Between chaotic and lawful there`s neutral, and it doesn`t have to mean neither. It can mean both. That`s the problem a lot of people have with alignment system :P




Neutral usually means not forcing your way of thinking on others. What might be fun for you sounds like a nightmare for others. ;) (I SO love alignments, they are so descriptive)

 4d6 could give an array of 14, 14, 14, 14, 14, 14. If I want to play a dumb weightlifter that is not possible, equally I could get 18,18,18, 6, 6, 6 and want to play average Joe, again it is not possible. Neither of the above are unplayable, they are actually quite decent stats mechanically. So people who write a background story, then decide what to play, and THEN roll stats are better off using point buy and shouldnt be viewed as "abnormal" which they will be if the "normal" way of acquireing stats is dictated as either rolled or static.

 The reason 2d6+4 is the better way of rolling stats in Next currently is becuase it corresponds statistically the best with the Stat Array and Point buy system that is in place (it has been proven elsewhere). 4d6 is statistically the far superior choise to the array/pouint buy as it is, so either can be changed to accomodate the other, I think the 4e point buy is rather close to 4d6 for instance. Anyway, as long as one is not touted as "the normal way" I am happy, so that each player on the table can chose for themselves what is fun.

I don't have to pick one or the other, I'm a Neutral character maker. I know exactly what character I want to make before touching a pencil, but I still roll my stats. Because what does it take to play a certain class? Two, three good stats at most. If I get all 9s, I'm obviously not keeping that even though I rolled it randomly. If I get a 17, 15 and 14, that's staying, and I'll see what else I get. Maybe I'll get a 5, that's always fun. My girlfriend has a very wise Cleric of Pelor with an intelligence of 7, he knows nothing about his faith but is the most devout follower you've ever seen. Maybe I'll get another 14 and I happen to be an unusually intelligent Barbarian, or an oddly strong Sorcerer. Those are the kinds of things you don't see a lot with point buy or standard array.

That's my reasoning. I do think point buy needs to be an option in the game. I think there should be many options like 1st and 2nd edition offered, but it's my opinion that the default method should be 4d6 highest 3. And whatever method you use, it's important that every character in the party is on the same caliber. If you let one person use a bunch of 11s next to someone with three 18s, the game will have issues.
I still dont see the need for a default. If all options are equal, why make one "more equal" than the others?
I still dont see the need for a default. If all options are equal, why make one "more equal" than the others?



One has to be listed first, though, people will take that as the default.
2d6+4 does not work, it gives you a max potential of 16, when point buy max is 15
Not to mention the average of 2d6+4 is 10, when the average of point buy is 12.5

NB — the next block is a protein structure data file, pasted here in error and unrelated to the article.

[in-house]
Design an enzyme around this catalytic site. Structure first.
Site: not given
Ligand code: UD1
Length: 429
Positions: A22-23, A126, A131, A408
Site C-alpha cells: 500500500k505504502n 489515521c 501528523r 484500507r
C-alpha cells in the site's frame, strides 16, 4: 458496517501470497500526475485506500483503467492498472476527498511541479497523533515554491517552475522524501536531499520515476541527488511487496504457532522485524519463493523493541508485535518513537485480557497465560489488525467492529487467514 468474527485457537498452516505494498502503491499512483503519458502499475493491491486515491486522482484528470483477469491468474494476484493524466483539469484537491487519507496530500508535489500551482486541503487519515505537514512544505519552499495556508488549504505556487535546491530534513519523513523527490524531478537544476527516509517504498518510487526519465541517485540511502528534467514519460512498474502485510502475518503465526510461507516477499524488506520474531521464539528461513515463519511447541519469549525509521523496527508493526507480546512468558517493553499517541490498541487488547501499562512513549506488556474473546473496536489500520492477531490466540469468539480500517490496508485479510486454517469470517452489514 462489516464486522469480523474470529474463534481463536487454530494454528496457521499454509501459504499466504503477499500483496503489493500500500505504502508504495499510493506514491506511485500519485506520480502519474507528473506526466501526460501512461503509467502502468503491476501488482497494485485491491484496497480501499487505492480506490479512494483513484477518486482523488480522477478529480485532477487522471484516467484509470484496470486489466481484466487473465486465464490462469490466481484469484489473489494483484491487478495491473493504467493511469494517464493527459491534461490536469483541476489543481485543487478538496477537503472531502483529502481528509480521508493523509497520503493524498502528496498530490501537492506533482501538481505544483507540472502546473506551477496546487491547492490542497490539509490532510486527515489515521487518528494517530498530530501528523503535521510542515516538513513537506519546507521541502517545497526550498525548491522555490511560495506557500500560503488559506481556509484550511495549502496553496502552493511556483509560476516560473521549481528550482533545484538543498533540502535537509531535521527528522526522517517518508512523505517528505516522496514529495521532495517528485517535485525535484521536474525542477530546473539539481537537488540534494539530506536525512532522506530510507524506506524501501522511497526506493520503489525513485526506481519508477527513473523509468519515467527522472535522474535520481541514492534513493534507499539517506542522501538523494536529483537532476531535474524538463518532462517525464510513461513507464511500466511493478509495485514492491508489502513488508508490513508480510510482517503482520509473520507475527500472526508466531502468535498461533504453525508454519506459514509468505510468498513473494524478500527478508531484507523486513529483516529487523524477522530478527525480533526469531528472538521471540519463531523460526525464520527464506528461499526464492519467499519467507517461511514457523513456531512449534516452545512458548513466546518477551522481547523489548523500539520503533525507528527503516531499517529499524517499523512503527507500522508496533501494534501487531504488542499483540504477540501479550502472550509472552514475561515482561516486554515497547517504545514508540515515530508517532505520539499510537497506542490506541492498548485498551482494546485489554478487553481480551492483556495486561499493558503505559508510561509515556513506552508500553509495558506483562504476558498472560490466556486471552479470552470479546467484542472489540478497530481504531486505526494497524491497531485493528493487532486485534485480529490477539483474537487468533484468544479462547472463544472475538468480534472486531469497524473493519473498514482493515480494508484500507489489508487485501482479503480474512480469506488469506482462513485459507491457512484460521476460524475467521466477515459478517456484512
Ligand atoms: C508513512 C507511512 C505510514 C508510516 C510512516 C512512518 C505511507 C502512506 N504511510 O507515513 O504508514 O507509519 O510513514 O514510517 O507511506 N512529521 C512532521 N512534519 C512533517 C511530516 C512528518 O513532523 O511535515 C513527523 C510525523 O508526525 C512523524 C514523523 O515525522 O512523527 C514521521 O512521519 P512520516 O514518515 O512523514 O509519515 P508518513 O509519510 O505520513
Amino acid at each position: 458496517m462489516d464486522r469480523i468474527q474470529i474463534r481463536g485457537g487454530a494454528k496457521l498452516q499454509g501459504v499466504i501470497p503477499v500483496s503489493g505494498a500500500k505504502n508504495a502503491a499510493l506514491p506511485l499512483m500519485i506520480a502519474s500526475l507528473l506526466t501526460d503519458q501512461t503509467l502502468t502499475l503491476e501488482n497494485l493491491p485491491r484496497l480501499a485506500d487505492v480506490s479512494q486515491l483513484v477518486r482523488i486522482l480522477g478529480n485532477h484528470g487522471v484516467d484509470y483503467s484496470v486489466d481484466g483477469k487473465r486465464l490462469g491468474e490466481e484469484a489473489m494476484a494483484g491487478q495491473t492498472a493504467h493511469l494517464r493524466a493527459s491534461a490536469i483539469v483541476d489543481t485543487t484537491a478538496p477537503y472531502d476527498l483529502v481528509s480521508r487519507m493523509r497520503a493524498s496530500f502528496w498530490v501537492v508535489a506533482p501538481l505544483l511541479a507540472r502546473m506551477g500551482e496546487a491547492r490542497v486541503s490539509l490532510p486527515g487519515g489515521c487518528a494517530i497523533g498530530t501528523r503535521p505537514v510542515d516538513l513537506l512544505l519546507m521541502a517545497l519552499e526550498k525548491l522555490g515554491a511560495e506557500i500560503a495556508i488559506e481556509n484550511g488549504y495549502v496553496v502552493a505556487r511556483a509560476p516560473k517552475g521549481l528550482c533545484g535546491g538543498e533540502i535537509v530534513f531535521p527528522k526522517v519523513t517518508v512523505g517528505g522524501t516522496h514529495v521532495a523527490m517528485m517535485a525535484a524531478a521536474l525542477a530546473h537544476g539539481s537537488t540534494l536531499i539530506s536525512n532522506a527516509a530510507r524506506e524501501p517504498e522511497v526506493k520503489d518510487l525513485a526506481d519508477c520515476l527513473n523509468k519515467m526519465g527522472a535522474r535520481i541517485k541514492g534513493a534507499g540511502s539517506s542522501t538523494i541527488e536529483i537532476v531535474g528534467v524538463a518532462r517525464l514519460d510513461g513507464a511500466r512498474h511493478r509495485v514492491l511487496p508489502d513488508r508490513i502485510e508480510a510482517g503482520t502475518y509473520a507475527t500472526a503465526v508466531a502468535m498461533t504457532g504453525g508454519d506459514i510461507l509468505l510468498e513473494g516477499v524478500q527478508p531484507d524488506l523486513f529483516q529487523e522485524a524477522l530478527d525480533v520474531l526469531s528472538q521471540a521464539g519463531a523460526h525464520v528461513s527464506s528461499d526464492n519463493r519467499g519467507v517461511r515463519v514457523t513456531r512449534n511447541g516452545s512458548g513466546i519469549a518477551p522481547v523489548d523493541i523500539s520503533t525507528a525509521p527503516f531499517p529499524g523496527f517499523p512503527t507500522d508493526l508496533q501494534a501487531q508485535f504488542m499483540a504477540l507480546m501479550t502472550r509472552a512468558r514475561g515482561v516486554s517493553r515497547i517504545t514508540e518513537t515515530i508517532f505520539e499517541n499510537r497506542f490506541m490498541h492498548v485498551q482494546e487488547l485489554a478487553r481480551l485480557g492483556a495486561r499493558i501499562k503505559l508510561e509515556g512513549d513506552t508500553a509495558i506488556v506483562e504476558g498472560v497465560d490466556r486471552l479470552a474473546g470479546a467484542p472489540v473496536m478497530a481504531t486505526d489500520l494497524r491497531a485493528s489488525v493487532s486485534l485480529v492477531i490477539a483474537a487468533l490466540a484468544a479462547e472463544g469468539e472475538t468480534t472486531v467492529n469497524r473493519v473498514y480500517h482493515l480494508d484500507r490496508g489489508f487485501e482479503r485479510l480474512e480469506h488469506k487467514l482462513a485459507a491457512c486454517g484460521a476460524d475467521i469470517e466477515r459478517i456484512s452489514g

3d6+3 drop the lowest, reduces the max potential to 15, which matches point buy
and it increases the average to 11.5, which is closer to point buy
The chances of rolling 6 or 7 with this system is about 2%, and the chance of getting a 15 is about 7% (14 is 20%)


Another good system is 4d4+3, as it also sets the max potential to 15, and also places the average around 11.5
The chances of rolling 6 or 7 with this system is about 2%, and the chance of getting a 15 is about 5% (14 is 17%)

I don't have to pick one or the other, I'm a Neutral character maker. I know exactly what character I want to make before touching a pencil, but I still roll my stats. Because what does it take to play a certain class? Two, three good stats at most. If I get all 9s, I'm obviously not keeping that even though I rolled it randomly. If I get a 17, 15 and 14, that's staying.



So your reasoning is to keep trying until you get the ability scores you actually want?
Sure it might still be 'random' but its the worthless part of random

Like going to a Casino and when youre dealt a bad hand in Poker, you ask the dealer for a new hand (for free) and keep asking for one until you get a winning hand

If you are playing Random Generated Characters, you get 1 shot, if your character ends up with 4/4/4/4/4/4, well then All I must say is good luck, and I hope you enjoy your game with the guy sitting next to you who managed to get 18/18/18/18/18/18

If you keep rerolling character stats until everyone is balanced, then there was no point to rolling for stats
Just took my first look and I was happy right off. Two of the things I detested about 4e were changed! Rolling ability scores appears to be the accepted norm rather than the (to me) extemely irritating "standard arrays" and real alignments are back! So, do these things make anyone else happy?



I personally dislike rolling for hit points, but I'm glad that both options (rolling and point buy) are in the game, so people can use whichever one they prefer.

As for alignments, I'm very glad that they have no mechanical weight (other than the alignment requirement on the Paladin in this packet, which hopefully is going to be removed). Spells that protect from or detect evil now work against fiends and undead instead, not any character that happens to have an evil alignment. This solves the problem with Paladins and Clerics ruining plots and entire adventures by identifying the villian with ease. I think this will also encourage more people to play good characters, since all of the spells that used to exist that punished people for playing good characters (like blasphemy) no longer work on humanoids.

Alignments should be there as a way of describing your character and as a roleplaying tool, not as a straight jacket to force people to play a certain way or to ban certain character concepts, IMO.
Not to mention the average of 2d6+4 is 10, when the average of point buy is 12.5